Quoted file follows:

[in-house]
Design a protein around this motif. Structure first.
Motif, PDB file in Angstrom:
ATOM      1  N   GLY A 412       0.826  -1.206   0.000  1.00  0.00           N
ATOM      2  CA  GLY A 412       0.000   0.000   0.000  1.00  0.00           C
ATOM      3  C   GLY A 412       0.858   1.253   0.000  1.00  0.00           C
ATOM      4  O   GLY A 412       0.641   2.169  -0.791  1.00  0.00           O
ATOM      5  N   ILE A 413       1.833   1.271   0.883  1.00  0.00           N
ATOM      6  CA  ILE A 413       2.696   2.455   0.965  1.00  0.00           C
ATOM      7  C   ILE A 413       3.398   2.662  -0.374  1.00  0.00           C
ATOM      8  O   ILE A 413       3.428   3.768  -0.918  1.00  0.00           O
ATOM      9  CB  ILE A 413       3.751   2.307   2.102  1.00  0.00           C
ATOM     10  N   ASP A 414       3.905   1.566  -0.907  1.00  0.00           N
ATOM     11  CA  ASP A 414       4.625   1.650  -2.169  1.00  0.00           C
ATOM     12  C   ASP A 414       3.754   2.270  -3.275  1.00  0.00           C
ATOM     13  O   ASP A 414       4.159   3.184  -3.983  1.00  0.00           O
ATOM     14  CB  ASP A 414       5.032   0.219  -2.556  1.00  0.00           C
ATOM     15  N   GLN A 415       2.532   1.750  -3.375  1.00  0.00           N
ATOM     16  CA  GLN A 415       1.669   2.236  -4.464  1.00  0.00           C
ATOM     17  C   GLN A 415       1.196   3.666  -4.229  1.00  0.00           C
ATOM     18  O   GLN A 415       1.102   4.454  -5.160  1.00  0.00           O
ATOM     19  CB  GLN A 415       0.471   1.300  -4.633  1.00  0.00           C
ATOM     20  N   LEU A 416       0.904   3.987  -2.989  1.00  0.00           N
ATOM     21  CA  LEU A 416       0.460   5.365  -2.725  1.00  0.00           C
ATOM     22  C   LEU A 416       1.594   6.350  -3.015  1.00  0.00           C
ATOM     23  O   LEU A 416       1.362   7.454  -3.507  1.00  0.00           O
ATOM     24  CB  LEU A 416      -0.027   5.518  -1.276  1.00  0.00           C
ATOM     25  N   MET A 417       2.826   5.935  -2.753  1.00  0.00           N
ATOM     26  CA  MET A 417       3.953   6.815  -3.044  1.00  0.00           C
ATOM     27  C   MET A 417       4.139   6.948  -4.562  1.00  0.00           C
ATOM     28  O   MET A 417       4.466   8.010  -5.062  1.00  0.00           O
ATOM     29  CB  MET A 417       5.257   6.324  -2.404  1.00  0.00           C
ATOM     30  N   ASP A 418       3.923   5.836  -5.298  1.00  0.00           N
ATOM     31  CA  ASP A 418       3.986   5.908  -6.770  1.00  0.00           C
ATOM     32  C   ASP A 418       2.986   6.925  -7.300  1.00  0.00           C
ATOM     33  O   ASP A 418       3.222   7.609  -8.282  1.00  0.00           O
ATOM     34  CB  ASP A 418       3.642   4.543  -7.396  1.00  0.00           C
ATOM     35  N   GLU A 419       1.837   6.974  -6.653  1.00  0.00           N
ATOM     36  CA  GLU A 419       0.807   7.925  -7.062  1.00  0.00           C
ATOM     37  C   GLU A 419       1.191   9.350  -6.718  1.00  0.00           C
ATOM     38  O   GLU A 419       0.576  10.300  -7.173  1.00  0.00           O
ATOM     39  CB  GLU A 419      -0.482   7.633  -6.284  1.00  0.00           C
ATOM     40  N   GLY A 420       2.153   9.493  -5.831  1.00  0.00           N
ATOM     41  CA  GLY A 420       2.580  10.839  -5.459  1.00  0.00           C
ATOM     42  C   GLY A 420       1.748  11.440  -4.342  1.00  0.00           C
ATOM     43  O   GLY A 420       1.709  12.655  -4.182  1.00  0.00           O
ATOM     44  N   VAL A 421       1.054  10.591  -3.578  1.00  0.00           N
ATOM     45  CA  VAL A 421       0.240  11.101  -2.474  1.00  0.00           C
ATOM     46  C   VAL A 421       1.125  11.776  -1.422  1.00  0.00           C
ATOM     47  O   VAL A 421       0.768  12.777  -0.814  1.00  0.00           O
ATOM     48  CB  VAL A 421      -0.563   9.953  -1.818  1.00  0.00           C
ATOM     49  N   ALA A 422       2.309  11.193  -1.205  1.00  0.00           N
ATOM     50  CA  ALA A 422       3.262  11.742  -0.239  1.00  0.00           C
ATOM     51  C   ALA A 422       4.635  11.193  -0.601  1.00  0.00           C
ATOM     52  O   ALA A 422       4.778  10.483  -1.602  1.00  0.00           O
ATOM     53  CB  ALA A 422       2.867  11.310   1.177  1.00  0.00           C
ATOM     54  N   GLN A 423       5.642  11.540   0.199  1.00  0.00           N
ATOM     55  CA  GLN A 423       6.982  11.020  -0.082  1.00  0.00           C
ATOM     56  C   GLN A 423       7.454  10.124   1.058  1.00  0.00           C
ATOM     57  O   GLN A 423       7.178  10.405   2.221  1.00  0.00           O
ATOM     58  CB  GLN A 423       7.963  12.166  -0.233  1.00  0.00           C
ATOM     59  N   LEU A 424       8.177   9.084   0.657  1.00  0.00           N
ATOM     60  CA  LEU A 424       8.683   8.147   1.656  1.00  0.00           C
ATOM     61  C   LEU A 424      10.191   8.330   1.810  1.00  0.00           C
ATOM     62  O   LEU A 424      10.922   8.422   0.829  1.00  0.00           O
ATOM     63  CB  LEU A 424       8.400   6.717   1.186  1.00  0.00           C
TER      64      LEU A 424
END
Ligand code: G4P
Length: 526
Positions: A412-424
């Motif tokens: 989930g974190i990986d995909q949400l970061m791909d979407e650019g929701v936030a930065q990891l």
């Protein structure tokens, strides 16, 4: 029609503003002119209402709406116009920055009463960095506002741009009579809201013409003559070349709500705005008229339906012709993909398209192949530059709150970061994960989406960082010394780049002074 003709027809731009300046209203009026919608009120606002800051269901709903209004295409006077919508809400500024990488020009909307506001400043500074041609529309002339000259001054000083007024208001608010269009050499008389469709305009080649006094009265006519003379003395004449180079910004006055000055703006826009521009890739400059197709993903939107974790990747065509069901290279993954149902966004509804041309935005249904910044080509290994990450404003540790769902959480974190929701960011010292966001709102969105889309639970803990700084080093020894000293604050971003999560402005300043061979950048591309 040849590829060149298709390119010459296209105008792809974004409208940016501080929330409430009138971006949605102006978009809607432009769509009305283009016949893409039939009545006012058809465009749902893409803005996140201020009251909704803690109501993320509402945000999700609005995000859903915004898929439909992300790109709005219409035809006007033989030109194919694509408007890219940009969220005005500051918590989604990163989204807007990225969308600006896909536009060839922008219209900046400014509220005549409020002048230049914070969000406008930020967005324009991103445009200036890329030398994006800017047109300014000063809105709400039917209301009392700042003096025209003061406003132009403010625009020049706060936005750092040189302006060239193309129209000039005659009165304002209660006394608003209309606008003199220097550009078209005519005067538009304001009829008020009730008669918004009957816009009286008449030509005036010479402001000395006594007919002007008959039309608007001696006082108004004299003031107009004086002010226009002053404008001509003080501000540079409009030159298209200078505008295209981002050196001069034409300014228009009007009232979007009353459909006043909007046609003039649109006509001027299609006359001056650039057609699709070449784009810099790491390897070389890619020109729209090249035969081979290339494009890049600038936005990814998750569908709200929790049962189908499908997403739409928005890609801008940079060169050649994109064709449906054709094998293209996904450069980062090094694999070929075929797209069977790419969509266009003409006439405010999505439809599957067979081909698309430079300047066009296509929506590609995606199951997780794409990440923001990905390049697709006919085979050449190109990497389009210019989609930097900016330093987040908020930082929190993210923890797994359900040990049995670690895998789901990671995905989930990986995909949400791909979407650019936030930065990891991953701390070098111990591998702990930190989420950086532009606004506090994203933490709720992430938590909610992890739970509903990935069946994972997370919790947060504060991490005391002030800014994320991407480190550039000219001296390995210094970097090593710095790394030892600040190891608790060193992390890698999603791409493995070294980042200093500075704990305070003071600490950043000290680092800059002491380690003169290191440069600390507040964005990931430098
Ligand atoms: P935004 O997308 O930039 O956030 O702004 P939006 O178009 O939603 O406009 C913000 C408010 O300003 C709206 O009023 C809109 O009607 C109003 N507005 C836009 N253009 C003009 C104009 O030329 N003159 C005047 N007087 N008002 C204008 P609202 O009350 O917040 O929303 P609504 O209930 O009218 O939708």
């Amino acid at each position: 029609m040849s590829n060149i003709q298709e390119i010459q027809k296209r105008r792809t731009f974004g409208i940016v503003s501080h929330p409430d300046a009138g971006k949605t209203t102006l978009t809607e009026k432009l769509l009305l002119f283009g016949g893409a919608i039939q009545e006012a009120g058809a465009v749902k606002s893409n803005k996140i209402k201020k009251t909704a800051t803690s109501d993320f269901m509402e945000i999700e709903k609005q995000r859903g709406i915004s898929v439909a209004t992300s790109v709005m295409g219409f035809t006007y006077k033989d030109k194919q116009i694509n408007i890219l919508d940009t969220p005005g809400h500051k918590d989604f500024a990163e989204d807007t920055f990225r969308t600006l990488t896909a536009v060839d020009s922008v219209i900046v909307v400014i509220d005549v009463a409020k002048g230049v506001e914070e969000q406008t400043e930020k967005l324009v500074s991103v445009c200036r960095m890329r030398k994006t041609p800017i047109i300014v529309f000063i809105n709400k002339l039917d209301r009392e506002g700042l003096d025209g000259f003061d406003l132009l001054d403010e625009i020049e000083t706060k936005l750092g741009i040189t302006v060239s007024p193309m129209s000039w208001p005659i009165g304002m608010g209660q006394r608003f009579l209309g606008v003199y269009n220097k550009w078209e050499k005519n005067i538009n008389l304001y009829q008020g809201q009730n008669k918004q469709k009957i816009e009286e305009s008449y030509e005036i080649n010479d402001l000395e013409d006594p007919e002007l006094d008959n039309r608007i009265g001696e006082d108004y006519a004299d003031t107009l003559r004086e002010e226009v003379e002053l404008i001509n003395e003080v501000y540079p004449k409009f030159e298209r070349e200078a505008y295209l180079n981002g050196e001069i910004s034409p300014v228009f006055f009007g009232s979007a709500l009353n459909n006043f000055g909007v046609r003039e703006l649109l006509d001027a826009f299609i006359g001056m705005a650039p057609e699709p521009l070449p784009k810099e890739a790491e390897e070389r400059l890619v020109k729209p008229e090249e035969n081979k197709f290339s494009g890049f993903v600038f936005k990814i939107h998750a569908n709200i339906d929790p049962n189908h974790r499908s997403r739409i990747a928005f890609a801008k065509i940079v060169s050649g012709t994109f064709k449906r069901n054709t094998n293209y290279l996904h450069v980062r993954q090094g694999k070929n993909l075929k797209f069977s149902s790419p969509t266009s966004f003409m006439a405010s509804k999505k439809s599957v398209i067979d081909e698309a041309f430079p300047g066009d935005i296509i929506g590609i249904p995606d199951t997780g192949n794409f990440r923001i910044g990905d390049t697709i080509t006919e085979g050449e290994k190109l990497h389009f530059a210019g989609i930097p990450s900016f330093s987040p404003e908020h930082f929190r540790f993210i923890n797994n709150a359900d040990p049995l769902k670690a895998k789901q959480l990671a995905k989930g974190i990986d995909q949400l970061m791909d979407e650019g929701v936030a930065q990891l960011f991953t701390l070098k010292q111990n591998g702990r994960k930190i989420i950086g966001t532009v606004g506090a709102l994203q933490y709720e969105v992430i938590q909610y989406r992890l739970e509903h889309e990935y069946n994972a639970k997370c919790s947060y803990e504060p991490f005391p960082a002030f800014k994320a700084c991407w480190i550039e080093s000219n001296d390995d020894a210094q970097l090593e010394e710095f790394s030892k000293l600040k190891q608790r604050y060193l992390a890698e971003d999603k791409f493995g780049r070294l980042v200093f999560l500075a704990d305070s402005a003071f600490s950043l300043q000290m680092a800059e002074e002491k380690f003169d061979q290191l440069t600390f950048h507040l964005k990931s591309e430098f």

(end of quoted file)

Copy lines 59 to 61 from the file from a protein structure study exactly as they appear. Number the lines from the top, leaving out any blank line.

ATOM     56  C   GLN A 423       7.454  10.124   1.058  1.00  0.00           C
ATOM     57  O   GLN A 423       7.178  10.405   2.221  1.00  0.00           O
ATOM     58  CB  GLN A 423       7.963  12.166  -0.233  1.00  0.00           C